Library Open Repository

Dependence of bryophyte species on young, mature and old growth wet eucalypt forest


Downloads per month over past year

Turner, PAM and Kirkpatrick, JB and Pharo, EJ (2011) Dependence of bryophyte species on young, mature and old growth wet eucalypt forest. Biological Conservation, 144 (12). pp. 2951-2957. ISSN 0006-3207

[img] PDF
Dependence_of_b...pdf | Request a copy
Full text restricted
Available under University of Tasmania Standard License.


Maintenance of old growth forest has been argued to be important for the future of many bryophyte species, but there has been no empirical test of this proposition. Bryophytes constitute much of the plant biodiversity in Tasmanian tall open-forests dominated by Eucalyptus regnans and Eucalyptus obliqua. These forests have a low level of protection in their old growth stage. We ask whether if there is a concentration of bryophyte species in particular forest age classes and assess its significance for biological conservation. The bryophyte species at 99 forest sites were recorded and related to young, mature and old growth age classes using ANOVA. Only two bryophyte taxa were confined, with statistical confidence, to one of these classes. Succession in bryophyte assemblages takes the relay floristics form, with a few highly frequent species in the young forest, most of which do not persist in later stages, a large number of species establishing in middle-aged forests, some dying out with their short-lived hosts by the time of the old growth forest stage, and liverworts becoming more prominent with age. Species concentrated in the old growth phase of these eucalypt forests have all been recorded from secure reserves in this and other vegetation types. If present patterns of land use continue, and no extensive wild fires occur in the reserved old growth forest, almost all bryophyte species of E. regnans and E. obliqua mixed forest are likely to survive. This may not be the case in other regions of the world, where reservation may be poorer than in Tasmania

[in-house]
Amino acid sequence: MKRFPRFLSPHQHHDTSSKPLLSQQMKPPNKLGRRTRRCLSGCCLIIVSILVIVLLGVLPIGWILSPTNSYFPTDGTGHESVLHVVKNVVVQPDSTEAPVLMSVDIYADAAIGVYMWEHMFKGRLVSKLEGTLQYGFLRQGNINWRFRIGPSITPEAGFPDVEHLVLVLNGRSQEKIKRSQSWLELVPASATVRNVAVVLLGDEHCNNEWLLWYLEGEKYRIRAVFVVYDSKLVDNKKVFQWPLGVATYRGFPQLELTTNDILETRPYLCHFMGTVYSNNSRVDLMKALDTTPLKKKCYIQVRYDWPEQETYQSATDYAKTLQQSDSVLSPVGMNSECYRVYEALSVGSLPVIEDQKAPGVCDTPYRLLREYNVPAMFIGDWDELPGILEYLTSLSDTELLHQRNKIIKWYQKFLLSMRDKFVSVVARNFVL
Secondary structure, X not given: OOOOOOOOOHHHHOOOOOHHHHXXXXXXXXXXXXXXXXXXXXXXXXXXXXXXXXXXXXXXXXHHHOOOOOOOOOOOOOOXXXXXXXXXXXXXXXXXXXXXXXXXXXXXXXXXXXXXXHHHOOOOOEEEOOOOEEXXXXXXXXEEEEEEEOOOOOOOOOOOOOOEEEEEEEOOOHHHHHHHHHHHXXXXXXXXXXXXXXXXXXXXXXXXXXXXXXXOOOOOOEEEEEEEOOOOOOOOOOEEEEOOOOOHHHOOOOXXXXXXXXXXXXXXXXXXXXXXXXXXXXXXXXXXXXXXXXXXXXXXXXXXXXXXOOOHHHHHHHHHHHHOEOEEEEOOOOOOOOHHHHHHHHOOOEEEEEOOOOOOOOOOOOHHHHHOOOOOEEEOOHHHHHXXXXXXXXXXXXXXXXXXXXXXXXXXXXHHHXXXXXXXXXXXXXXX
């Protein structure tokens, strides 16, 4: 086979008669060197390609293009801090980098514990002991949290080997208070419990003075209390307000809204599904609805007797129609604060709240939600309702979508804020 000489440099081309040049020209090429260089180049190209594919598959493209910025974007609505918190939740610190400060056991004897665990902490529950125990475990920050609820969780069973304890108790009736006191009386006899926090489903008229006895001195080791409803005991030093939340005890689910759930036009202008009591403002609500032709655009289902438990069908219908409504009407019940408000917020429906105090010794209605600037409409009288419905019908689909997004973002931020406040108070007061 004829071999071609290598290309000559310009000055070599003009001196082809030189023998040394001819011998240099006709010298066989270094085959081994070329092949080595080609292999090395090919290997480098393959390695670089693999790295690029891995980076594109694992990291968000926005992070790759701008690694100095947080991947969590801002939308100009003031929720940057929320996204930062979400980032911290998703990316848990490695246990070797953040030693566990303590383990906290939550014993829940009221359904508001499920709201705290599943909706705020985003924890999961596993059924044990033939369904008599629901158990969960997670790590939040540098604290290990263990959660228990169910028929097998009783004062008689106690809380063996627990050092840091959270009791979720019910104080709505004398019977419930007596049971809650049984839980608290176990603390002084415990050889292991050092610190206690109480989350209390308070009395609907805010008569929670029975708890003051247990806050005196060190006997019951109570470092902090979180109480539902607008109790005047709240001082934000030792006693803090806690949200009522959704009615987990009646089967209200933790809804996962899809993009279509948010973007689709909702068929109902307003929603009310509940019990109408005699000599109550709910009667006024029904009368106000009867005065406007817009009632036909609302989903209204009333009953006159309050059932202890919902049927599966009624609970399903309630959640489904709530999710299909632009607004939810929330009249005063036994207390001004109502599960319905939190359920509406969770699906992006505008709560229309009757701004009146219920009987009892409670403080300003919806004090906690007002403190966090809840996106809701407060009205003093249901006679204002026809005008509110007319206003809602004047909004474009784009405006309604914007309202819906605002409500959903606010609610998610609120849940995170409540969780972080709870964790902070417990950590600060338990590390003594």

Item Type: Article
Journal or Publication Title: Biological Conservation
Page Range: pp. 2951-2957
ISSN: 0006-3207
Identification Number - DOI: 10.1016/j.biocon.2011.08.016
Additional Information: The definitive version is available at
Date Deposited: 04 Nov 2011 03:33
Last Modified: 18 Nov 2014 04:23
Item Statistics: View statistics for this item

Actions (login required)

Item Control Page Item Control Page